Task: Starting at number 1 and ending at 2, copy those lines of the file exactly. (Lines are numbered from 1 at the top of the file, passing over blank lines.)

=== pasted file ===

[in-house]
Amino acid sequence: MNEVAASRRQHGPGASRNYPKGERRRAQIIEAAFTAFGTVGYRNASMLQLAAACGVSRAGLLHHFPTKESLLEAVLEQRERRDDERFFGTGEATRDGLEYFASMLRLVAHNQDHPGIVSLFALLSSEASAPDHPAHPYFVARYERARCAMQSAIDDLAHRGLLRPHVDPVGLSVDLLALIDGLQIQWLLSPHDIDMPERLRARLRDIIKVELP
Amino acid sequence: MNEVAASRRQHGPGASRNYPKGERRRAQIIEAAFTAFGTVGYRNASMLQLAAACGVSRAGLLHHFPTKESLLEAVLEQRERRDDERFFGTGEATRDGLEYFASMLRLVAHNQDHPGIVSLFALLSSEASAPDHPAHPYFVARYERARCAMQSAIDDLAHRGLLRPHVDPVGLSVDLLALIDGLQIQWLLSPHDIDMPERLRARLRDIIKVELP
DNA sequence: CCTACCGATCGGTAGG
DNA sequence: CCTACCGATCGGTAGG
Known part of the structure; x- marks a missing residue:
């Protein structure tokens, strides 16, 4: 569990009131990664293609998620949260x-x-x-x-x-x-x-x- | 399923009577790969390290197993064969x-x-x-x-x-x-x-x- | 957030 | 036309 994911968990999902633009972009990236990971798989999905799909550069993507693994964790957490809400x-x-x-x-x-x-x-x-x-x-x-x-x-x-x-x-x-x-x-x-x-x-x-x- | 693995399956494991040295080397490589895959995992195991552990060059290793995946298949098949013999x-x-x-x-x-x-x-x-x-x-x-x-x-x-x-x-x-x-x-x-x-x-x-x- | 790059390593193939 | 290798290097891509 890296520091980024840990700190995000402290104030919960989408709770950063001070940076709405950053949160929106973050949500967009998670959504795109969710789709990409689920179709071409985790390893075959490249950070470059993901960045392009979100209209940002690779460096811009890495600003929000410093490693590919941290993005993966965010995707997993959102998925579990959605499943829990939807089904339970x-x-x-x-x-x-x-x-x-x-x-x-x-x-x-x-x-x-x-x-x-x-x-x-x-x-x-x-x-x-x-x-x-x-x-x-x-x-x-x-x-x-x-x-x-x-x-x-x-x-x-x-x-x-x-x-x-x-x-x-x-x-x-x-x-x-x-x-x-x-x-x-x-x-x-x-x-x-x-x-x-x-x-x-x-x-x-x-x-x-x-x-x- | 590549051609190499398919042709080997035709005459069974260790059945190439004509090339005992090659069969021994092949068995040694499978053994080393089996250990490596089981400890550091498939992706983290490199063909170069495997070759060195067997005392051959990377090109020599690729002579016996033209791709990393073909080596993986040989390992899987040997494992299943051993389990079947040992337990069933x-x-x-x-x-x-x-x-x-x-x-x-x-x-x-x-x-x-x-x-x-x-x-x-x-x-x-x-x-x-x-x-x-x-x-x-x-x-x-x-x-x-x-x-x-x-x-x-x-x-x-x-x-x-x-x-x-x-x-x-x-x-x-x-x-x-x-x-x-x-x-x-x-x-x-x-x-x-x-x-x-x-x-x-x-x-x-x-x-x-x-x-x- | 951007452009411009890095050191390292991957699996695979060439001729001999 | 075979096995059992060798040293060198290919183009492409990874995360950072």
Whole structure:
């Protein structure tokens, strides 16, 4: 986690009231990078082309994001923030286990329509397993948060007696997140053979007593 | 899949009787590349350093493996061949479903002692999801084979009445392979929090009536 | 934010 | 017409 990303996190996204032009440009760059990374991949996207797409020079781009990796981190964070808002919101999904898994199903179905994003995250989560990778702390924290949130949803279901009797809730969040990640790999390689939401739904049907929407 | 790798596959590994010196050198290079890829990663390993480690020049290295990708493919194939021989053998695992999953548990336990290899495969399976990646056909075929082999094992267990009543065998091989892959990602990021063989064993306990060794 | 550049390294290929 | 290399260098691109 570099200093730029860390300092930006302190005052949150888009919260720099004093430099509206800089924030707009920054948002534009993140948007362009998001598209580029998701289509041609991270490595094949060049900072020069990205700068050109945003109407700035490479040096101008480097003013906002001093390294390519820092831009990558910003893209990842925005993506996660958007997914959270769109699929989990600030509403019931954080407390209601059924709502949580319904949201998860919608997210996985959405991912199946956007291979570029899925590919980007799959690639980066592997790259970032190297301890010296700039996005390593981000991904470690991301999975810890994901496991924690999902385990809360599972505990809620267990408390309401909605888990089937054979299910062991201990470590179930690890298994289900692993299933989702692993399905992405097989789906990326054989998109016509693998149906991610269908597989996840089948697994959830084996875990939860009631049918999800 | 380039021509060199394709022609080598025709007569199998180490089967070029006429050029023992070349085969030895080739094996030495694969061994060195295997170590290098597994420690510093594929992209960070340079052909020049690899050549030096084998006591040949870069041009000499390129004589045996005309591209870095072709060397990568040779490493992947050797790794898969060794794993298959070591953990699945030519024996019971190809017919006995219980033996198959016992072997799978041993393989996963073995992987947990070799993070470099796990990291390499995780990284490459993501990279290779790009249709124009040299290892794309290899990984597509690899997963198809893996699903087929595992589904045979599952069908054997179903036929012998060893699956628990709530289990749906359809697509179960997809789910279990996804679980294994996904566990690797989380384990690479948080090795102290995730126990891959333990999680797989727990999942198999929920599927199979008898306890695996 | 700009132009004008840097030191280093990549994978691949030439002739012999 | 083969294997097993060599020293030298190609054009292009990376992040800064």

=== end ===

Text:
[in-house]
Amino acid sequence: MNEVAASRRQHGPGASRNYPKGERRRAQIIEAAFTAFGTVGYRNASMLQLAAACGVSRAGLLHHFPTKESLLEAVLEQRERRDDERFFGTGEATRDGLEYFASMLRLVAHNQDHPGIVSLFALLSSEASAPDHPAHPYFVARYERARCAMQSAIDDLAHRGLLRPHVDPVGLSVDLLALIDGLQIQWLLSPHDIDMPERLRARLRDIIKVELP